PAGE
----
a transmit (TX) data processor operative to process a first block of data to obtain a first set of modulation symbols and to process a second block of data to obtain a second set of modulation symbols; and a modulator operative to process the first set of modulation symbols to obtain a first OFDM symbol of a first size and to process the second set of modulation symbols to obtain a second OFDM symbol of a second size that is different from the first size. 17. The transmitter unit of 18. A method of transmitting data in an orthogonal frequency division multiplexing (OFDM) communication system, comprising:
transmitting control data in a first time segment with a first OFDM symbol of a first size; and transmitting user data in a second time segment with a second OFDM symbol of a second size that is different from the first size. 19. The method of transmitting user data in the second time segment with a third OFDM symbol of a third size that is different from the second size. 20. The method of transmitting a pilot in a third time segment with a third OFDM symbol. 21. The method of 22. The method of 23. A method of receiving data in an orthogonal frequency division multiplexing (OFDM) communication system, comprising:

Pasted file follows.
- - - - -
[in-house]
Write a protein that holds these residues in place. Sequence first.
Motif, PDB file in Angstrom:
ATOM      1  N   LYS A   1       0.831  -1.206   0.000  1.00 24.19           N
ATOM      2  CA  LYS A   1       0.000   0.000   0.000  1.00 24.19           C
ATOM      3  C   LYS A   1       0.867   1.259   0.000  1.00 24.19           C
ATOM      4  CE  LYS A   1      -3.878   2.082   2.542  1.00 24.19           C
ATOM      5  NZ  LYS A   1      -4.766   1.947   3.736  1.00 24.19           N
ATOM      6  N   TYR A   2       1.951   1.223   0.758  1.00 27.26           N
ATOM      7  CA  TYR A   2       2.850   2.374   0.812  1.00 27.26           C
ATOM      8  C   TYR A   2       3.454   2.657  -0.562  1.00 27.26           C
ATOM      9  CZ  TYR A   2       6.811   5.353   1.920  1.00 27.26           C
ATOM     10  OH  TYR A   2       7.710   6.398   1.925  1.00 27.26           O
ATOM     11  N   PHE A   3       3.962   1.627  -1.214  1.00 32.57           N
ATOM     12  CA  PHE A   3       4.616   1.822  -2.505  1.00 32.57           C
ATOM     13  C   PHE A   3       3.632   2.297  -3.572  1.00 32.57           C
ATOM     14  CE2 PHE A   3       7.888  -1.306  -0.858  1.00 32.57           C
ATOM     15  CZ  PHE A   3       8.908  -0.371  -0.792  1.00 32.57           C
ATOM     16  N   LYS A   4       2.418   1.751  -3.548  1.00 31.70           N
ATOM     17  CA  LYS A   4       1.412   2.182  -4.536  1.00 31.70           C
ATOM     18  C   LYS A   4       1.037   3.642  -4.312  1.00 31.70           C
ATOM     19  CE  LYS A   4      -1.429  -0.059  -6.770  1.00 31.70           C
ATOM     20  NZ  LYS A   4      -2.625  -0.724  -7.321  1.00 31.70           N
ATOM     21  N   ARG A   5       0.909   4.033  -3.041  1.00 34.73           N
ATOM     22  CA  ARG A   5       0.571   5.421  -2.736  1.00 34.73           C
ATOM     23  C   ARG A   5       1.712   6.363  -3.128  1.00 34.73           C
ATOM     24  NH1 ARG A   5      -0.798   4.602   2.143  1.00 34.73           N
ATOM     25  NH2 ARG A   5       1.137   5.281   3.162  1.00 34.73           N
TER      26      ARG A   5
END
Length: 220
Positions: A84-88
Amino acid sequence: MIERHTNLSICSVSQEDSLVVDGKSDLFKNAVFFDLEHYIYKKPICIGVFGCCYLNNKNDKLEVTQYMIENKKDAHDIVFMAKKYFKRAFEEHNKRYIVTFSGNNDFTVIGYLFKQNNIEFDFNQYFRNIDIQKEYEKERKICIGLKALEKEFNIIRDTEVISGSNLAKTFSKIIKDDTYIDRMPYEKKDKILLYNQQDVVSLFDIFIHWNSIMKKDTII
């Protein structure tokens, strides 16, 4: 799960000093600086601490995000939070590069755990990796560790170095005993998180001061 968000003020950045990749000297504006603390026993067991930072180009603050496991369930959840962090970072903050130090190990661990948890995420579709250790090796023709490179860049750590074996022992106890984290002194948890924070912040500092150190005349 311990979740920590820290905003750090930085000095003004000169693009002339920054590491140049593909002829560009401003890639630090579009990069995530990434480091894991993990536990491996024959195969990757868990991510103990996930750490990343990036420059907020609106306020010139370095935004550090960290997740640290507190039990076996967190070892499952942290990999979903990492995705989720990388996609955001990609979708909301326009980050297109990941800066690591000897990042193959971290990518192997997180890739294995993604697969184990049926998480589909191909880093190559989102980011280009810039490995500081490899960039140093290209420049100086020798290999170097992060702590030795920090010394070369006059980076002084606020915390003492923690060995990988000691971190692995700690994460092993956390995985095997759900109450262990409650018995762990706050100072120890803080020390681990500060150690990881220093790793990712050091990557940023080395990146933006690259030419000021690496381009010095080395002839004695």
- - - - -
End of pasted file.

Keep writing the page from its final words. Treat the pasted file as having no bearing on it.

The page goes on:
receiving a first OFDM symbol of a first size for a first block of data; and receiving a second OFDM symbol of a second size for a second block of data, the second size being different from the first size. 24. The method of 25. The method of 26. The method of receiving a third OFDM symbol for a pilot. 27. The method of processing the third OFDM symbol to obtain a channel estimate for each of a plurality of subbands. 28. The method of interpolating channel estimates for the plurality of subbands to obtain a channel estimate for an additional subband not among the plurality of subbands. 29. An apparatus in an orthogonal frequency division multiplexing (OFDM) communication system, comprising: